In the early hours of Wednesday morning, Kim Jong Un’s North Korean regime ended a 10 week lull in ballistic missile testing with the first ever launch of an all new Intercontinental Ballistic Missile platform they’ve named the Hwasong-15.  Based on early figures regarding its flight time and the maximum altitude the missile reached, this new platform is unquestionably the most powerful warhead delivery system the nation has yet to field, with a range that places America’s East Coast, including Washington D.C., squarely within its sights.  However, based on reports from Japan, old issues appear to persist with the missile’s reentry vehicle – and despite Kim’s claims, the reclusive state still has not mastered the necessary final step in executing a successful nuclear strike.

“After watching the successful launch of the new type ICBM Hwasong-15, Kim Jong Un declared with pride that now we have finally realized the great historic cause of completing the state nuclear force, the cause of building a rocket power,” a North Korean television presenter announced on air after the launch, which took place under cover of darkness, unlike most previous tests, which have occurred at dawn.

In the days prior to the launch, North Korea was observed relocating mobile launch platforms and South Korea has reported radio chatter that supported the idea that Kim’s regime was gearing up for another test launch.  This is of particular import, because the decision to mobilize Kim’s nuclear arsenal in advance of the launch would seem to indicate a shift in strategy from research and development of platforms to full-fledged war drills.  Relocating assets would delay U.S. and allied responses, as intelligence experts scrambled to analyze new satellite images to track and locate the real-time location of other nuclear platforms.  Doing so prior to Wednesday’s test would seem to indicate that North Korea’s military has begun training for actual offensive launches, suggesting they believe their nuclear program is nearing full operational capability.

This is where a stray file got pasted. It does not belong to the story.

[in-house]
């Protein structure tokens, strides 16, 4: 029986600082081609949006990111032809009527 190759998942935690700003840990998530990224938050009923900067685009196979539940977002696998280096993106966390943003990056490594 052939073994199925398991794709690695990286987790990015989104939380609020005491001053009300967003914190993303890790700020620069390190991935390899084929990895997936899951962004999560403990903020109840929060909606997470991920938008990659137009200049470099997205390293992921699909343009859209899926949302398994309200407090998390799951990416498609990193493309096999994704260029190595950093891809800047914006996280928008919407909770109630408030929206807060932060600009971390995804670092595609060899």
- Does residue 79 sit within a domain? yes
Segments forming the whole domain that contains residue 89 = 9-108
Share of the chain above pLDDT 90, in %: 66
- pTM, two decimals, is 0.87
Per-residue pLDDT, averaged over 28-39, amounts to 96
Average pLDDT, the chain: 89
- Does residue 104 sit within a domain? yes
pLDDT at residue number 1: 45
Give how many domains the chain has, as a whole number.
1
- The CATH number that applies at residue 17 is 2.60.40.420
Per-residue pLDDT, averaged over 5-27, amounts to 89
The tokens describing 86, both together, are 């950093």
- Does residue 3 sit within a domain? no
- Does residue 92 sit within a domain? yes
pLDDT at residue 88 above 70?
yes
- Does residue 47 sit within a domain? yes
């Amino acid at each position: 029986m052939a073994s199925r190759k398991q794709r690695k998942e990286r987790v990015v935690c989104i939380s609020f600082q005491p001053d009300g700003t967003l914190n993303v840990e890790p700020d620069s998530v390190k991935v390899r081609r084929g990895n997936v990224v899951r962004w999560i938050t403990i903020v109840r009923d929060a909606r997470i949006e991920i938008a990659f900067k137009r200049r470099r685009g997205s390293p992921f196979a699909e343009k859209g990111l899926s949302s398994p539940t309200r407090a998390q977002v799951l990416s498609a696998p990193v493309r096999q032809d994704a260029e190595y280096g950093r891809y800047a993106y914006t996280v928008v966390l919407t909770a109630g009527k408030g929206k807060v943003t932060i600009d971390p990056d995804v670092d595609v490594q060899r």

North Korea obtained Chinese timber trucks that they converted to transport and rapidly deploy ICBMs. (KCNA photo)

More so, the relocation of assets prior to a test launch once again reduces the number of warning signs American and allied intelligence officials can rely on when anticipating an attack.  By using solid fuel rockets, missiles can be fired with very little prep time, whereas liquid fuel missiles require a lengthy fueling process that would likely be identified in satellite images.  The relocation of assets, which could be seen as an indicator of an offensive, will likely now become common practice prior to missile test launches, ensuring the U.S. can not be certain if a launch will be yet another test or the beginning of nuclear war until the missile is airborne and its trajectory can be mapped by NORAD and other Defense assets.

Based on the Hwasong-15’s duration of flight, which was a reported 53 minutes, and its peak altitude of approximately 2,800 miles, North Korea’s latest missile should have a potential range that exceeds 8,100 miles, per the calculations of David Wright of the Union of Concerned Scientists.  This range places all of the United States within Kim’s scope, as well as the vast majority of the world at large, barring portions of South America and Antarctica.

But it’s not all doom and gloom from the Korean peninsula.  North Korea’s previous long-range tests have been riddled with reentry vehicle failures.  The reentry vehicle protects the missile’s nuclear warhead as it travels back through the earth’s atmosphere toward its intended target.  The impact of oxygen molecules in the atmosphere during reentry creates incredible amounts of friction that results in heat, and it’s the task of the reentry vehicle to suffer that burden on behalf of its explosive payload; keeping the complex weapon intact until it reaches the surface, or near surface, for detonation.  A failed reentry vehicle would likely not result in a detonation itself, particularly in a dual stage, or thermonuclear warhead – which requires the precision function of internal components to illicit not one, but two detonations in rapid succession.  Instead, a failed reentry vehicle would likely result in nothing but a spectacular light show and a whole lot of debris.

North Korean Hwasong-12 in flight. (KCNA photo)

According to numerous social media posts from the western coast of Japan, that’s just what many saw as North Korea’s new crown jewel came tumbling down to earth.  Although the Japanese Ministry of Defense has not released an official statement indicating the failure of the Hwasong-15 reentry vehicle, Japan’s defense minister, Itsunori Onodera, was quoted by Sky News as saying that it did indeed fail.  That statement is supported by numerous eye-witness accounts of debris falling near Japan, as well as historical precedent from previous long-range tests.

That’s not the only challenge that remains.  Although North Korea claims the Hwasong-15 was equipped with a “super heavy” dummy warhead that approximates the weight of an actual thermonuclear weapon, without confirmation, it remains likely that the missile’s range could be hindered by the immense weight of an actual nuclear warhead.  Though, the weight of the warhead launched in Wednesday’s test will likely never be revealed.